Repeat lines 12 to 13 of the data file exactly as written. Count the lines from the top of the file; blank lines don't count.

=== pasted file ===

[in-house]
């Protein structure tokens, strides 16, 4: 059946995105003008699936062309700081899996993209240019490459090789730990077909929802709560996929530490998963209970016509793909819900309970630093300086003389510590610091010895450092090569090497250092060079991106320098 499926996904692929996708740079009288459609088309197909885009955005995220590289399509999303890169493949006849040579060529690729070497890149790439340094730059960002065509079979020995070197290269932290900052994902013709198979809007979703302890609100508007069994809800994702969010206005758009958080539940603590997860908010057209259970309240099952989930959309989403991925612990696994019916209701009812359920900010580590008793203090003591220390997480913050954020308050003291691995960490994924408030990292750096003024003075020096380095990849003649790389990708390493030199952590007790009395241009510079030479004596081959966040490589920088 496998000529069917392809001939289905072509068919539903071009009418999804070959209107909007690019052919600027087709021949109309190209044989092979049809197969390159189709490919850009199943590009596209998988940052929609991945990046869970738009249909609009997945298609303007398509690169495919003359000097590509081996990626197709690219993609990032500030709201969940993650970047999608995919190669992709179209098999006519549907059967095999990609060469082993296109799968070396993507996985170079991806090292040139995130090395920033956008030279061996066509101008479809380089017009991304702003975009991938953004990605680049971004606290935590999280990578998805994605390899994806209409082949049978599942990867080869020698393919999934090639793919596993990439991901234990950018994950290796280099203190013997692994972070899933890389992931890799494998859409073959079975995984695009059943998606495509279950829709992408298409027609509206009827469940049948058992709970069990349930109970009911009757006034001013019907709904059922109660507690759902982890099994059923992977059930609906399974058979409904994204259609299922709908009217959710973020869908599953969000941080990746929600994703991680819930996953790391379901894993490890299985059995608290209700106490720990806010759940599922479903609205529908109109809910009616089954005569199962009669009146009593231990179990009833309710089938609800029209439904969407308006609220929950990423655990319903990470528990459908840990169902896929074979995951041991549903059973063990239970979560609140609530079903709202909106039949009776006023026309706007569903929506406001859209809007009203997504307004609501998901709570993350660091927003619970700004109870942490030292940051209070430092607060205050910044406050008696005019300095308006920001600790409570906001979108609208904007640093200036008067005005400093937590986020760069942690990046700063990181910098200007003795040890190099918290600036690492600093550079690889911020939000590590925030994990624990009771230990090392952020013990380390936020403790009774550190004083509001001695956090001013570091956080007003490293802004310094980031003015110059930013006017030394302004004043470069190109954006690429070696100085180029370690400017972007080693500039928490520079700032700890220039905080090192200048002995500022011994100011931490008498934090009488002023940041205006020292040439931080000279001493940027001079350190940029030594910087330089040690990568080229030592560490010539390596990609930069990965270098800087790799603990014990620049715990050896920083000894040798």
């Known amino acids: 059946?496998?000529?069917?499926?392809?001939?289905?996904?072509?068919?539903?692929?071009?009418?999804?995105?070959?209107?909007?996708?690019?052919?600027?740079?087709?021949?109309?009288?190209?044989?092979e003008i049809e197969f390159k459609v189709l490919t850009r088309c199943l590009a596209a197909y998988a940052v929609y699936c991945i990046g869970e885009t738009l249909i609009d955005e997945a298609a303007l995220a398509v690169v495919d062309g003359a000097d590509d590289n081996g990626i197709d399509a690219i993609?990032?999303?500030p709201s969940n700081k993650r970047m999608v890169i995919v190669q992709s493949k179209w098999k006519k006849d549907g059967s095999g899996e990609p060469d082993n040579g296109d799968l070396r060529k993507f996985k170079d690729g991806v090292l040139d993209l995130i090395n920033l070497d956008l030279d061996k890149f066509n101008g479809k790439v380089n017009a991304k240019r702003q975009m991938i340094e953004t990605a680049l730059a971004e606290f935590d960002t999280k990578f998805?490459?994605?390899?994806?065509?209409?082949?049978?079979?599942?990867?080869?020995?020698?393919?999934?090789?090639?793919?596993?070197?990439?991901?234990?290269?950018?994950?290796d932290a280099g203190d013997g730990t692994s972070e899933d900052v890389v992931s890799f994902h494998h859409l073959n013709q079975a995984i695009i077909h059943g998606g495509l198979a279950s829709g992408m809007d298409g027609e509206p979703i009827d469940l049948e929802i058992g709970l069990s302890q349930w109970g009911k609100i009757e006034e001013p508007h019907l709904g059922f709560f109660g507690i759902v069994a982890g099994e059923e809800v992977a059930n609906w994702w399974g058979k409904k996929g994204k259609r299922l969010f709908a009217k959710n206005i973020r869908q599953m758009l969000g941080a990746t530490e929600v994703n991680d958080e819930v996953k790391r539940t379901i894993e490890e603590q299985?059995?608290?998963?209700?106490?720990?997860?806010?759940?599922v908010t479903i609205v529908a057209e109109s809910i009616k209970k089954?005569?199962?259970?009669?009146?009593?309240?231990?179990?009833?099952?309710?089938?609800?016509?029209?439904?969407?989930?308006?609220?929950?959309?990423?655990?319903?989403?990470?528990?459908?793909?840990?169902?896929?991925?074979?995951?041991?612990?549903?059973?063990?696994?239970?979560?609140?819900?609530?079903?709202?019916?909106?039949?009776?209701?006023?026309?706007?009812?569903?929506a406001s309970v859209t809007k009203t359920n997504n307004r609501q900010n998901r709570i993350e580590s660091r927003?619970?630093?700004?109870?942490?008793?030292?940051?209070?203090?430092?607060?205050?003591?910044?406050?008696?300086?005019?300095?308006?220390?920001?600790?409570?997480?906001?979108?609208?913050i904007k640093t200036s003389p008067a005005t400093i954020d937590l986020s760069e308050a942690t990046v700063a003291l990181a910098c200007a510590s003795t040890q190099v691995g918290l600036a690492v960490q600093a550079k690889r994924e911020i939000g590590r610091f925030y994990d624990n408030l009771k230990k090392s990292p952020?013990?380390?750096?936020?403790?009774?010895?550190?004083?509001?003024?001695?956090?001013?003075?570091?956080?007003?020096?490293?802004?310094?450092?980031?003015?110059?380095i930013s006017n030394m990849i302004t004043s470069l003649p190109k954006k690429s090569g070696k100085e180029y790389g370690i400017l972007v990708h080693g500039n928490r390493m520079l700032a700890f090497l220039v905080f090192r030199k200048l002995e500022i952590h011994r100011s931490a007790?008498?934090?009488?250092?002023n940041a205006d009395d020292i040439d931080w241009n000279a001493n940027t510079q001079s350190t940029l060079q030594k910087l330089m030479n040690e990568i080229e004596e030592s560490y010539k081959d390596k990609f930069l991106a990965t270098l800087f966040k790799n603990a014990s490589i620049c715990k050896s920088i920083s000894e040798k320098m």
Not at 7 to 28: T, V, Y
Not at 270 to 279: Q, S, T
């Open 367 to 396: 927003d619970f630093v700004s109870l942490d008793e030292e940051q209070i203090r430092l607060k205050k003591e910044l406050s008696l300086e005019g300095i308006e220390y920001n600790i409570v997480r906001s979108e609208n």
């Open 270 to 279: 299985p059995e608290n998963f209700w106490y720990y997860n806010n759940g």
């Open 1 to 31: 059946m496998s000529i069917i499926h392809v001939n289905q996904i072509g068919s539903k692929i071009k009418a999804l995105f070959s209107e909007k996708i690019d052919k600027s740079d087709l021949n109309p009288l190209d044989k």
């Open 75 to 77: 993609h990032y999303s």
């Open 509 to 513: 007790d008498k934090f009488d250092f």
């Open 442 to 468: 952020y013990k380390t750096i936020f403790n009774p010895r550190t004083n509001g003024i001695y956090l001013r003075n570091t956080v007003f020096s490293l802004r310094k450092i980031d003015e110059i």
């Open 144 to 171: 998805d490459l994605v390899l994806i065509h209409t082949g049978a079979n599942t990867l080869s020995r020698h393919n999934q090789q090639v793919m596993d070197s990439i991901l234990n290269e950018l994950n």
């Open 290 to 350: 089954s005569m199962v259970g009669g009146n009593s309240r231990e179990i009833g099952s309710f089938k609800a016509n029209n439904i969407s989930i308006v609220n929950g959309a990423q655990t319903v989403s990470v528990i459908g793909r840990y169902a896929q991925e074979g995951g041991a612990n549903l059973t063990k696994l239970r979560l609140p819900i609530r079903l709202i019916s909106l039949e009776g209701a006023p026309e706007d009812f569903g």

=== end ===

């Open 144 to 171: 998805d490459l994605v390899l994806i065509h209409t082949g049978a079979n599942t990867l080869s020995r020698h393919n999934q090789q090639v793919m596993d070197s990439i991901l234990n290269e950018l994950n």
């Open 290 to 350: 089954s005569m199962v259970g009669g009146n009593s309240r231990e179990i009833g099952s309710f089938k609800a016509n029209n439904i969407s989930i308006v609220n929950g959309a990423q655990t319903v989403s990470v528990i459908g793909r840990y169902a896929q991925e074979g995951g041991a612990n549903l059973t063990k696994l239970r979560l609140p819900i609530r079903l709202i019916s909106l039949e009776g209701a006023p026309e706007d009812f569903g």